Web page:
Rafael Bejar MD, PhD: I think that's a great point. You were mentioning pre-leukemic states, and they are the pre-leukemic states that we recognize and have a diagnosis and a name for, like MDS and MPNs. We are beginning to understand better what mutations will lead to progression, or are more likely to lead to progression, and that's helpful to help make decisions about patients. Does this patient require a transplant? Or maybe they don't need one. And knowing which mutations are actually prognostic is helpful in that regard. But your other point is also valid, that many people who have, what we call de novo AML, don't have a recognized preexisting condition.
But if you were to actually sequence them at that earlier time point, you might find that these mutations are already present and already evolving without giving them a clinical phenotype. And I think that's an exciting new area that we haven't really explored. And maybe we can identify these patients who aren't at high risk, like patients who have had treatment for breast cancer and other disorders.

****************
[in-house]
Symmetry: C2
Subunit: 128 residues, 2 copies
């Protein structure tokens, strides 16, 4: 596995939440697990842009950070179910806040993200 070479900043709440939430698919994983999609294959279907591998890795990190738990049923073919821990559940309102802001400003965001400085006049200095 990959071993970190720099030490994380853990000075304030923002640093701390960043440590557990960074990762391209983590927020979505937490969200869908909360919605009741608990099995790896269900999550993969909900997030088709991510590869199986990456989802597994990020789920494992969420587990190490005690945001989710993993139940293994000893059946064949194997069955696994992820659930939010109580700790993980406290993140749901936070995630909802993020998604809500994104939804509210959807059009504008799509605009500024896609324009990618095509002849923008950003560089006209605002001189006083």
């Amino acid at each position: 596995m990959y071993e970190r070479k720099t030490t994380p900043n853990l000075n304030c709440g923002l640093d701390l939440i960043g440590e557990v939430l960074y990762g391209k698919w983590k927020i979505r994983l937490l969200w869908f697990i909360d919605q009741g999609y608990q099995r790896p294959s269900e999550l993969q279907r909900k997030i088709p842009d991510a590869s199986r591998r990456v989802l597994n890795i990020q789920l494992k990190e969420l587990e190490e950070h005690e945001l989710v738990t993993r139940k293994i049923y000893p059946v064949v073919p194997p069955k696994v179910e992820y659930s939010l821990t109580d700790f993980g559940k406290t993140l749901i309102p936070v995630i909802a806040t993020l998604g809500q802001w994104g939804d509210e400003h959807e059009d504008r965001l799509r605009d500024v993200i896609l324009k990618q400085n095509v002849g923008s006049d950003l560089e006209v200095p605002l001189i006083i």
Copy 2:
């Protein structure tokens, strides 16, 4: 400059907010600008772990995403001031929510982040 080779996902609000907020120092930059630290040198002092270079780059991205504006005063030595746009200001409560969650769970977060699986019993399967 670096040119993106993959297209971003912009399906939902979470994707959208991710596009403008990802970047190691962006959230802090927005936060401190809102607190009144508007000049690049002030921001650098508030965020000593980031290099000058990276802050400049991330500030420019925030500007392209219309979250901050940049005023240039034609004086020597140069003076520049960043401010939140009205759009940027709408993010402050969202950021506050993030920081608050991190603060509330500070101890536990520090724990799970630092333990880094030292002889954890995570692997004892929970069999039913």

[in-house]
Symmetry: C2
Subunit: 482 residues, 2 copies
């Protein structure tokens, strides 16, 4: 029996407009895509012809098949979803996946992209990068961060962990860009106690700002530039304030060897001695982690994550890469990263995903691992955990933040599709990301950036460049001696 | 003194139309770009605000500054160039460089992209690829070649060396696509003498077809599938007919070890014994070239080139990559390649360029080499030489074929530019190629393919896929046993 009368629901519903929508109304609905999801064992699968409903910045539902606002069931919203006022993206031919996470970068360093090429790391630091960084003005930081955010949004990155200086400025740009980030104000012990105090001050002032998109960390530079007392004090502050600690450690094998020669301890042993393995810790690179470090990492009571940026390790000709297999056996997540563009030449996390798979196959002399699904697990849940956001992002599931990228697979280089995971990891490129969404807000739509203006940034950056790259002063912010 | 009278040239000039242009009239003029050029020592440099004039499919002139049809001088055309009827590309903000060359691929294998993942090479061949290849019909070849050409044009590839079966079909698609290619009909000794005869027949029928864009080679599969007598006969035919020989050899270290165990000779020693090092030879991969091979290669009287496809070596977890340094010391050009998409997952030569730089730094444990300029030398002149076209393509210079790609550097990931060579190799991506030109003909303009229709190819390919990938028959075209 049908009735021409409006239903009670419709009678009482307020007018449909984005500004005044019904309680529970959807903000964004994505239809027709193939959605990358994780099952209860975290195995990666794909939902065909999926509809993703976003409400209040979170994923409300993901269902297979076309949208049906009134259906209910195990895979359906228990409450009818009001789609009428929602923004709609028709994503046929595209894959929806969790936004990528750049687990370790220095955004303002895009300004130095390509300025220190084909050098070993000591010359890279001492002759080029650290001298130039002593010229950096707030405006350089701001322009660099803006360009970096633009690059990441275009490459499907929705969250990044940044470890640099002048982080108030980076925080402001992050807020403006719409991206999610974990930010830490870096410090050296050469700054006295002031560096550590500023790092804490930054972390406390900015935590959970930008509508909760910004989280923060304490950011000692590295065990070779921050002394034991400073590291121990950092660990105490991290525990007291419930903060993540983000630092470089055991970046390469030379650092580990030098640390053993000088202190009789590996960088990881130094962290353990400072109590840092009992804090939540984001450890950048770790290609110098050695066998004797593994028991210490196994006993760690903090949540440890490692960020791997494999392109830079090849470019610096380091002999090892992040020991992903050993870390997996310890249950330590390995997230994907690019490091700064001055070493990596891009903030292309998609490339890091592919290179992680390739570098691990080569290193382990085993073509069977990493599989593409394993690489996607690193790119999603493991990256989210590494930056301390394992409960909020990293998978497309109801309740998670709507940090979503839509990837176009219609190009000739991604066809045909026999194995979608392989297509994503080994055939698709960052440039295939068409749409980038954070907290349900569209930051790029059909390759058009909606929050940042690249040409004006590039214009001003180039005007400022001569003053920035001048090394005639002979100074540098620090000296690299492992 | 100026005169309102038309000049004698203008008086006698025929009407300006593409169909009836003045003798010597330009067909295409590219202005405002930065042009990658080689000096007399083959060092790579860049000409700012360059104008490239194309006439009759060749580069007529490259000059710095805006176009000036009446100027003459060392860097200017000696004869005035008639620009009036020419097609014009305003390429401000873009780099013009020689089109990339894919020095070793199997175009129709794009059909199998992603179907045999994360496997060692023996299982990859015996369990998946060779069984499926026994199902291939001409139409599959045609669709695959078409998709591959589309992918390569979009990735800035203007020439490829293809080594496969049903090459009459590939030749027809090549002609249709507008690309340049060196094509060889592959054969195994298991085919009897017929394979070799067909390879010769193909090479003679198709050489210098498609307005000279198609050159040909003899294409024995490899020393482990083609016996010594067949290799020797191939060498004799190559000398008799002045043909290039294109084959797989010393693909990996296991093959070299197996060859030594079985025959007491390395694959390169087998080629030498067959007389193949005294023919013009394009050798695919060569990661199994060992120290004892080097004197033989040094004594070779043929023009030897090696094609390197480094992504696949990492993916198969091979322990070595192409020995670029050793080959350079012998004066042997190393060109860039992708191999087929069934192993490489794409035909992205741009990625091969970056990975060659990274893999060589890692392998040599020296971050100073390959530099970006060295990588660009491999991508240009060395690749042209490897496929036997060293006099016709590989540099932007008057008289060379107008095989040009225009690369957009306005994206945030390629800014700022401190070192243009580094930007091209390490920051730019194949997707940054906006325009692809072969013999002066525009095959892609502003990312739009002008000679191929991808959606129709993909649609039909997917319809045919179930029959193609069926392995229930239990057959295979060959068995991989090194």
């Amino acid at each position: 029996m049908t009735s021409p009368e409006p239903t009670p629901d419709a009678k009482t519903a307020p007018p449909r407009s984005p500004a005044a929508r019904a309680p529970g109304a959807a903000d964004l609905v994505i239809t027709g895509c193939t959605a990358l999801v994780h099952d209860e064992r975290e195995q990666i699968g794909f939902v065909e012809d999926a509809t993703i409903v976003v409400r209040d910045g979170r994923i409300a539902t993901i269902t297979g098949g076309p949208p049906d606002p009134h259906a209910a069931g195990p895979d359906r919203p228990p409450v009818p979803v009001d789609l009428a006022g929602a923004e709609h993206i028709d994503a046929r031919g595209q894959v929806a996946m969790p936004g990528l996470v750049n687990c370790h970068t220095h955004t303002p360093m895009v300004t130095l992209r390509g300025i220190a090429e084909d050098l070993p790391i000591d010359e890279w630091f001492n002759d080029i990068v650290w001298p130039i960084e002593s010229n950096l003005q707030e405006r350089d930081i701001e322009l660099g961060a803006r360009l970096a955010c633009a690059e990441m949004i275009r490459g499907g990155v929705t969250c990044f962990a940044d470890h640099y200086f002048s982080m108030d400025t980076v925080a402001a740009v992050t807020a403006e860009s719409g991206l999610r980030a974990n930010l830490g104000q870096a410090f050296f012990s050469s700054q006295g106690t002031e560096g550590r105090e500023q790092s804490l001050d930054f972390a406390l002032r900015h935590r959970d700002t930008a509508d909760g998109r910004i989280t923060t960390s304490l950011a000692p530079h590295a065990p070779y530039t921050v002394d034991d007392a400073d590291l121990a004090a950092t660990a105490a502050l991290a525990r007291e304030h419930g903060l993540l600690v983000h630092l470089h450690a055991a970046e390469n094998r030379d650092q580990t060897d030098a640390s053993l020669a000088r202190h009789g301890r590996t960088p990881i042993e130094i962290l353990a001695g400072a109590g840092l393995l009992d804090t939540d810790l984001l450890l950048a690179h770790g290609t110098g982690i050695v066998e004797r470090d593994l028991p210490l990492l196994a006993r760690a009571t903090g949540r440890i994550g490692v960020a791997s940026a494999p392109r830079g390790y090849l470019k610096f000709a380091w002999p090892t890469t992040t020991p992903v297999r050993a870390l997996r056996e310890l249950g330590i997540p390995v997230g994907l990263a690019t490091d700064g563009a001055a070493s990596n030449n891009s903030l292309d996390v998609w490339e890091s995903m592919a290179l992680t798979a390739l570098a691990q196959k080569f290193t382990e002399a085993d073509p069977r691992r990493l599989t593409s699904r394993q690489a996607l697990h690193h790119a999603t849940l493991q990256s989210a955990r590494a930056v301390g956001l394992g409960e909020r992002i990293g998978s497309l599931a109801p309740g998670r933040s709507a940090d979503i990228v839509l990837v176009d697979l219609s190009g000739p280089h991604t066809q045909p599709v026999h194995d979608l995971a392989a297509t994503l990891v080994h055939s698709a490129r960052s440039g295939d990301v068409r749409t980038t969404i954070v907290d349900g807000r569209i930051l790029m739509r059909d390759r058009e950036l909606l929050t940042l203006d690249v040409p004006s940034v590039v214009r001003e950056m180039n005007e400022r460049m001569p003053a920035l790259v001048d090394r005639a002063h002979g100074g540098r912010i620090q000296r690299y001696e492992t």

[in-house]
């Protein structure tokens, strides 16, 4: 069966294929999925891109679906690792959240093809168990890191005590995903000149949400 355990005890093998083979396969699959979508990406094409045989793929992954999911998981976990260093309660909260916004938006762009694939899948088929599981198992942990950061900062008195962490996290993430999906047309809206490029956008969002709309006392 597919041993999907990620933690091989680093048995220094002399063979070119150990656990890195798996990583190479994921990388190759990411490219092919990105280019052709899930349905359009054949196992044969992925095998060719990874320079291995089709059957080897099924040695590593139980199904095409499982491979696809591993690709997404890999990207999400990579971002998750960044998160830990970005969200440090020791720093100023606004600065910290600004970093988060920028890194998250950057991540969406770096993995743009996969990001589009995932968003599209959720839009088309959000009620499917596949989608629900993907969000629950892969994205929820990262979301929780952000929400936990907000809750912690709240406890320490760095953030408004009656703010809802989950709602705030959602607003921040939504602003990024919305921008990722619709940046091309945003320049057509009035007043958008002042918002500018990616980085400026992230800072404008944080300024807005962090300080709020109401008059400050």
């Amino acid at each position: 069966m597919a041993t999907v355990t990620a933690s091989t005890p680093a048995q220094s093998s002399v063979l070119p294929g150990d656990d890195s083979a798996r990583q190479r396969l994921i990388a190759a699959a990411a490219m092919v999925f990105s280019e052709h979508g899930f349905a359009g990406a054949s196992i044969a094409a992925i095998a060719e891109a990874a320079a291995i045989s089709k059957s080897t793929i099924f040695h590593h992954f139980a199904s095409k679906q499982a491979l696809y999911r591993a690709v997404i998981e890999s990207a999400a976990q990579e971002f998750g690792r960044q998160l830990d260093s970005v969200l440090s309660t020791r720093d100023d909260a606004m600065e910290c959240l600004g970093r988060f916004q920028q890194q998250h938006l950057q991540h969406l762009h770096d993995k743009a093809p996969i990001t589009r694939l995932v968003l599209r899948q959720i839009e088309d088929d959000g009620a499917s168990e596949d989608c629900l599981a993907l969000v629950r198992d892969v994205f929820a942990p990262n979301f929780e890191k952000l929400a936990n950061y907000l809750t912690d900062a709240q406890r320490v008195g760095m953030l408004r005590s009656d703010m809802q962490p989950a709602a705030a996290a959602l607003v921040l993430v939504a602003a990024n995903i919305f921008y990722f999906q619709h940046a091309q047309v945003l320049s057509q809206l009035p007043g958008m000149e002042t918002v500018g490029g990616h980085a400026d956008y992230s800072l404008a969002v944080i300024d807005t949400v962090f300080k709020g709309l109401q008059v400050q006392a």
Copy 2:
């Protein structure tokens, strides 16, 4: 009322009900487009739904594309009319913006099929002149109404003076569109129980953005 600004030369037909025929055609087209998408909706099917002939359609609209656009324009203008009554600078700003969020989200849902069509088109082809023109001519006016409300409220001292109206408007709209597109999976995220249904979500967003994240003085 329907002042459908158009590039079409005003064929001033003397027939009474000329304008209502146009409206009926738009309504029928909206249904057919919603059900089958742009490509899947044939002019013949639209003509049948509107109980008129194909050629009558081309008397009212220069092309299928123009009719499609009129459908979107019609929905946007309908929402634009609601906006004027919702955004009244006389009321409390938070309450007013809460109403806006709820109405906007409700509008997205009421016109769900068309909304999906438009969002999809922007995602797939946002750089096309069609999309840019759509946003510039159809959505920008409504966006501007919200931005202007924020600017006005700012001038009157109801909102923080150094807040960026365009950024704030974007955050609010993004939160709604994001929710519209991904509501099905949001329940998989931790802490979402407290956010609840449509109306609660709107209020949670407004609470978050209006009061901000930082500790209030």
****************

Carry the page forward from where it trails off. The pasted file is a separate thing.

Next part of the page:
Elias Jabbour, MD: Rafael, you mentioned something very important. I had a patient coming to see me in the clinic last week. She's a nurse at MD Anderson. She had Hodgkin disease diagnosed. And she's going to get her treatment. Her concern coming to see us wasn't about her Hodgkin disease treatment. Her concern was, well if I get Hodgkin disease treatment, will I acquire MDS down the road in 5, 10 years?